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When Epic Southwestern Wildfires Subside, Then What?
While the wildfires in New Mexico and Colorado continue to burn, there may not be good news when they finally subside.
According to the New York Times Green Blog, research from the U.S. Geological Survey has shown that, over the past 15 years, the Southwestern forests that have been turned to ash by large wildfires have not come back in the same form.
Grasses and shrubs are instead replacing these forests, which had grown to be very dense after decades of fire suppression policies. Craig Allen, a research ecologist for the U.S. Geological Survey, presented that the ecosystems of the Southwest are transforming because of climate change and shifts in land management. He told the New York Times, “Ecosystems are already resetting themselves in ways big and small."
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The Metropolitan Transit Authority in New York City tested out a new system designed to protect its subways stations from flooding when another super storm hits, creating a bizarre sight on Wednesday, as The Verge reported.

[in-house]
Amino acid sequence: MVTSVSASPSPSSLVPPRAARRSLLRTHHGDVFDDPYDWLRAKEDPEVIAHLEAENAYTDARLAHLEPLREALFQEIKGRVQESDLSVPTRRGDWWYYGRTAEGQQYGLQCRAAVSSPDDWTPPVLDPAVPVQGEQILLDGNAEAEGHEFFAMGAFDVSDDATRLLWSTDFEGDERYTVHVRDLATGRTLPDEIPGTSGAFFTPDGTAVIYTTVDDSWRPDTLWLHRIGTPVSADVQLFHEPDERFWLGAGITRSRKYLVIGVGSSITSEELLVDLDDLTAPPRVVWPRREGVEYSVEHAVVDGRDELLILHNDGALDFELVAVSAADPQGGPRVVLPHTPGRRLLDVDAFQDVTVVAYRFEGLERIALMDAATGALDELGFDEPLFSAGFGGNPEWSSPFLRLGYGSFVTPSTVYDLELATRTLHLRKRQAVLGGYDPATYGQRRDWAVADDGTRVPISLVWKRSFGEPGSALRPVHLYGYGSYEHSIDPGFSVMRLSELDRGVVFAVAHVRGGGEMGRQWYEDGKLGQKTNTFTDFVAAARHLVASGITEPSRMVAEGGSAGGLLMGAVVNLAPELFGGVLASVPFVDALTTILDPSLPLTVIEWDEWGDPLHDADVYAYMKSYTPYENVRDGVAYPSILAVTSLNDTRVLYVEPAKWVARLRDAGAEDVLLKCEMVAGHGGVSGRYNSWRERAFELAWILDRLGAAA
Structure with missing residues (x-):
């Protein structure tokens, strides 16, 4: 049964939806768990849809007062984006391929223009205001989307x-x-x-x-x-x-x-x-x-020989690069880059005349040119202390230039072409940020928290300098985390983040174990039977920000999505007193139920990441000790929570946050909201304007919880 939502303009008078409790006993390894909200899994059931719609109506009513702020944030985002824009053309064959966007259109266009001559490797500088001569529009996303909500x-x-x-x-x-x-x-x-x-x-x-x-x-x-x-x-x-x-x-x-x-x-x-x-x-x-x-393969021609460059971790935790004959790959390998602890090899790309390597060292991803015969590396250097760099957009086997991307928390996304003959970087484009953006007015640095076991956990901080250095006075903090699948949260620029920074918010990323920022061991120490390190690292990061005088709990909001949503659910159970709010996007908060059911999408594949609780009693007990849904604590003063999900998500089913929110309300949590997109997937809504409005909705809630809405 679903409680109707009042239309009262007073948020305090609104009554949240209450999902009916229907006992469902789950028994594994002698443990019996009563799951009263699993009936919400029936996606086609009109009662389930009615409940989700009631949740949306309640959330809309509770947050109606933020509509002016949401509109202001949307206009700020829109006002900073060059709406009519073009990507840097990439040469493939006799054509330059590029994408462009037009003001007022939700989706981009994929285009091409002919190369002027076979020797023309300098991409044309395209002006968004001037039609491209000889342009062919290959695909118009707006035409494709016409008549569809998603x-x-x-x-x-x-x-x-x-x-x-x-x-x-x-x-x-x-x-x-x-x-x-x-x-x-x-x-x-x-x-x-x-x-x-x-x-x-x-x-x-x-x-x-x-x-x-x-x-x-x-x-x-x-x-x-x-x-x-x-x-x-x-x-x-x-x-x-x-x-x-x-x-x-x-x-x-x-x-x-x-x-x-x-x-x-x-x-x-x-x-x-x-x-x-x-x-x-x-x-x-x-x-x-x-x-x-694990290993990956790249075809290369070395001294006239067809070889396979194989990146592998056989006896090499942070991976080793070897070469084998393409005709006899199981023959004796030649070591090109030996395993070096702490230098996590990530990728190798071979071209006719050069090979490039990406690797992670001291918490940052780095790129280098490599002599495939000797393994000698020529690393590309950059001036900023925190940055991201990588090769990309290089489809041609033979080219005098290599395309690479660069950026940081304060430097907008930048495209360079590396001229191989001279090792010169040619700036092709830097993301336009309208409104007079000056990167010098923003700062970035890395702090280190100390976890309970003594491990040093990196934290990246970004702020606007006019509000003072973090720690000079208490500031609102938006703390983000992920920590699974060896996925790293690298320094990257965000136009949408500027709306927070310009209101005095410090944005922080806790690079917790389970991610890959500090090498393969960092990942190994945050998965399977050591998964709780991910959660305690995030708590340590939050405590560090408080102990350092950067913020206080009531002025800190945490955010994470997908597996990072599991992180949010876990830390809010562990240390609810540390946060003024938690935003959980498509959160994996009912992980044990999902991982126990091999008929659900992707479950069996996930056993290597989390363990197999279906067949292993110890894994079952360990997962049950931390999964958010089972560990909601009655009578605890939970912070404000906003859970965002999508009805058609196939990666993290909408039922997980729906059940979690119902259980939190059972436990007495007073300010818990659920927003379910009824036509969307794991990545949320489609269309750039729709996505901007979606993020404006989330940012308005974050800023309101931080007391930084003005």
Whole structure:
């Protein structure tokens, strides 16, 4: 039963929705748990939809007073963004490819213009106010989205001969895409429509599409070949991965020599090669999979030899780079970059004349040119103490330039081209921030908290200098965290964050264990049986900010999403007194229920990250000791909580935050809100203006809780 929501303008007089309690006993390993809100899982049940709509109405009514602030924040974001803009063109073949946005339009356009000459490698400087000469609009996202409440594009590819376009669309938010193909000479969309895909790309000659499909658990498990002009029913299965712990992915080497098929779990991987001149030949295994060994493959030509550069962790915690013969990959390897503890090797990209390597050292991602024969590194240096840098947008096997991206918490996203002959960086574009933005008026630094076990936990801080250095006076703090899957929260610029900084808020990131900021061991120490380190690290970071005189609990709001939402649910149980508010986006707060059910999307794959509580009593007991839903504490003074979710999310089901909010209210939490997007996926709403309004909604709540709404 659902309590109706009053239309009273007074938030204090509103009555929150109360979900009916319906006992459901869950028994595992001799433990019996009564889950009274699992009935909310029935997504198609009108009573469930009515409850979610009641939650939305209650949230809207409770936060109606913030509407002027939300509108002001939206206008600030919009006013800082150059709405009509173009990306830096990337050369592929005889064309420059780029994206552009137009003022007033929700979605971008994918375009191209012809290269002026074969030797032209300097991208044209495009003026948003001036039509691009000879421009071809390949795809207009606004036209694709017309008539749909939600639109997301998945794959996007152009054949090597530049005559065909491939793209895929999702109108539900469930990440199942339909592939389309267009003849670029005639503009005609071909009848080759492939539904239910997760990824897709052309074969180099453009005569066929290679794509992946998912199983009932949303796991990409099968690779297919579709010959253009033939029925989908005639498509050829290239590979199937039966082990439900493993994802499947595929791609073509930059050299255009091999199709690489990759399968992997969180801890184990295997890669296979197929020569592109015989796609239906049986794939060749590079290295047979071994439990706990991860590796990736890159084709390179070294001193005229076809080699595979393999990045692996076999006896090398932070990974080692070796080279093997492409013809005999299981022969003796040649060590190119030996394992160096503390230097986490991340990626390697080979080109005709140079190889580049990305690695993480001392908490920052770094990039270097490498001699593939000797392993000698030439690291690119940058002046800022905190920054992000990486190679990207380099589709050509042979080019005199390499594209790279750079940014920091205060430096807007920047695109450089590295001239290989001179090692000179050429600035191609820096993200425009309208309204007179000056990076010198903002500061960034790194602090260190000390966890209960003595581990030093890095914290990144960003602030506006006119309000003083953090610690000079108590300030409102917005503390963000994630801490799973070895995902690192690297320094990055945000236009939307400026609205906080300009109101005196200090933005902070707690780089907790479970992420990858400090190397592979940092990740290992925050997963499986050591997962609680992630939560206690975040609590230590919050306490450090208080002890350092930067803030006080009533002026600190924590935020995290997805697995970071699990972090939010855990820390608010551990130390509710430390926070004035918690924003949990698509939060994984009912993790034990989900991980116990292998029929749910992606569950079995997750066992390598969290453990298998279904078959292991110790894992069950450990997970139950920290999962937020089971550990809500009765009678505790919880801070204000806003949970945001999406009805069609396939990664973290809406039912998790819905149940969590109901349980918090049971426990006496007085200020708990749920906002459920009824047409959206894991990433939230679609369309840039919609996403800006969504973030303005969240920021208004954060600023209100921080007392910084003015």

Thanksgiving can be a tricky holiday if you're trying to avoid animal products — after all, its unofficial name is Turkey Day. But, as more and more studies show the impact of meat and dairy consumption on the Earth, preparing a vegan Thanksgiving is one way to show gratitude for this planet and all its biodiversity.
By Matt Berger
It's not just kids in the United States.
Children worldwide aren't getting enough physical activity.
That's the main conclusion of a new World Health Organization (WHO) study released Wednesday.
By Tim Ruben Weimer
Tanja Diederen lives near Maastricht in the Netherlands. She has been suffering from Hidradenitis suppurativa for 30 years. Its a chronic skin disease in which the hair roots are inflamed under pain — often around the armpits and on the chest.